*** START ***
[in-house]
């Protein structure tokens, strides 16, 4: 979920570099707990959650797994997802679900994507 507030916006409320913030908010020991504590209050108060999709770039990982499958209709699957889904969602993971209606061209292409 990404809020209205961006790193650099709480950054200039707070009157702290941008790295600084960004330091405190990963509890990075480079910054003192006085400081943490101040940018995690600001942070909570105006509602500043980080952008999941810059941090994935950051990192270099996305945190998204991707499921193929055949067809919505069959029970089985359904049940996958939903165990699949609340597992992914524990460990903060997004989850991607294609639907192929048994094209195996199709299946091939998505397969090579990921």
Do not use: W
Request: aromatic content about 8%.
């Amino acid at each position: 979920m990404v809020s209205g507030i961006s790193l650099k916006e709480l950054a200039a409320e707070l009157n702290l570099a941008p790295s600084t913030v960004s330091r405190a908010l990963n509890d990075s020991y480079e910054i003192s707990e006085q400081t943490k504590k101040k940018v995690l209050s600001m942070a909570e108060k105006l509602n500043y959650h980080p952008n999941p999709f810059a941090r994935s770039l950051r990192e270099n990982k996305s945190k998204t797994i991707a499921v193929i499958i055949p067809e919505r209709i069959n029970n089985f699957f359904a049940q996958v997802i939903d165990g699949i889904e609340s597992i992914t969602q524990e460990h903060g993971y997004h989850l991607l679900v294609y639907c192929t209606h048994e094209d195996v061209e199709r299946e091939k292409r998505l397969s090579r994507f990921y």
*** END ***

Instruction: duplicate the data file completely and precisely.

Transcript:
[in-house]
């Protein structure tokens, strides 16, 4: 979920570099707990959650797994997802679900994507 507030916006409320913030908010020991504590209050108060999709770039990982499958209709699957889904969602993971209606061209292409 990404809020209205961006790193650099709480950054200039707070009157702290941008790295600084960004330091405190990963509890990075480079910054003192006085400081943490101040940018995690600001942070909570105006509602500043980080952008999941810059941090994935950051990192270099996305945190998204991707499921193929055949067809919505069959029970089985359904049940996958939903165990699949609340597992992914524990460990903060997004989850991607294609639907192929048994094209195996199709299946091939998505397969090579990921």
Do not use: W
Request: aromatic content about 8%.
């Amino acid at each position: 979920m990404v809020s209205g507030i961006s790193l650099k916006e709480l950054a200039a409320e707070l009157n702290l570099a941008p790295s600084t913030v960004s330091r405190a908010l990963n509890d990075s020991y480079e910054i003192s707990e006085q400081t943490k504590k101040k940018v995690l209050s600001m942070a909570e108060k105006l509602n500043y959650h980080p952008n999941p999709f810059a941090r994935s770039l950051r990192e270099n990982k996305s945190k998204t797994i991707a499921v193929i499958i055949p067809e919505r209709i069959n029970n089985f699957f359904a049940q996958v997802i939903d165990g699949i889904e609340s597992i992914t969602q524990e460990h903060g993971y997004h989850l991607l679900v294609y639907c192929t209606h048994e094209d195996v061209e199709r299946e091939k292409r998505l397969s090579r994507f990921y």